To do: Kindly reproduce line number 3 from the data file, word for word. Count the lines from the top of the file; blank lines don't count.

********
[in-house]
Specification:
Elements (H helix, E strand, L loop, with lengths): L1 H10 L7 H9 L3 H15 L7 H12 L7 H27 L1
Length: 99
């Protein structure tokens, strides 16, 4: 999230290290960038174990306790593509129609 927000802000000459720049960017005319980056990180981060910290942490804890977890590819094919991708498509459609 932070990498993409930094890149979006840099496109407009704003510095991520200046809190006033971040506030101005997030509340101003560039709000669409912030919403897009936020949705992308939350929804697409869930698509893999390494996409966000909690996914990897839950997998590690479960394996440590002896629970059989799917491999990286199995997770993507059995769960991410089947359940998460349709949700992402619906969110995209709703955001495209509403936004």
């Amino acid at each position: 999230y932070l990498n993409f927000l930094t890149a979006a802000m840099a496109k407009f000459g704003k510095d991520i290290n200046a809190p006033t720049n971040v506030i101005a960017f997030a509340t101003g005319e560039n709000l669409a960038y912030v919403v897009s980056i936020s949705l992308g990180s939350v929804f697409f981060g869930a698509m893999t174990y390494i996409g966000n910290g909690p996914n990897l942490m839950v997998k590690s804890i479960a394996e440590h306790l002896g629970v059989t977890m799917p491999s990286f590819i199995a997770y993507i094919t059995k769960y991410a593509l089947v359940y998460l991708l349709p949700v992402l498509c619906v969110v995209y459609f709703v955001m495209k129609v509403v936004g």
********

Elements (H helix, E strand, L loop, with lengths): L1 H10 L7 H9 L3 H15 L7 H12 L7 H27 L1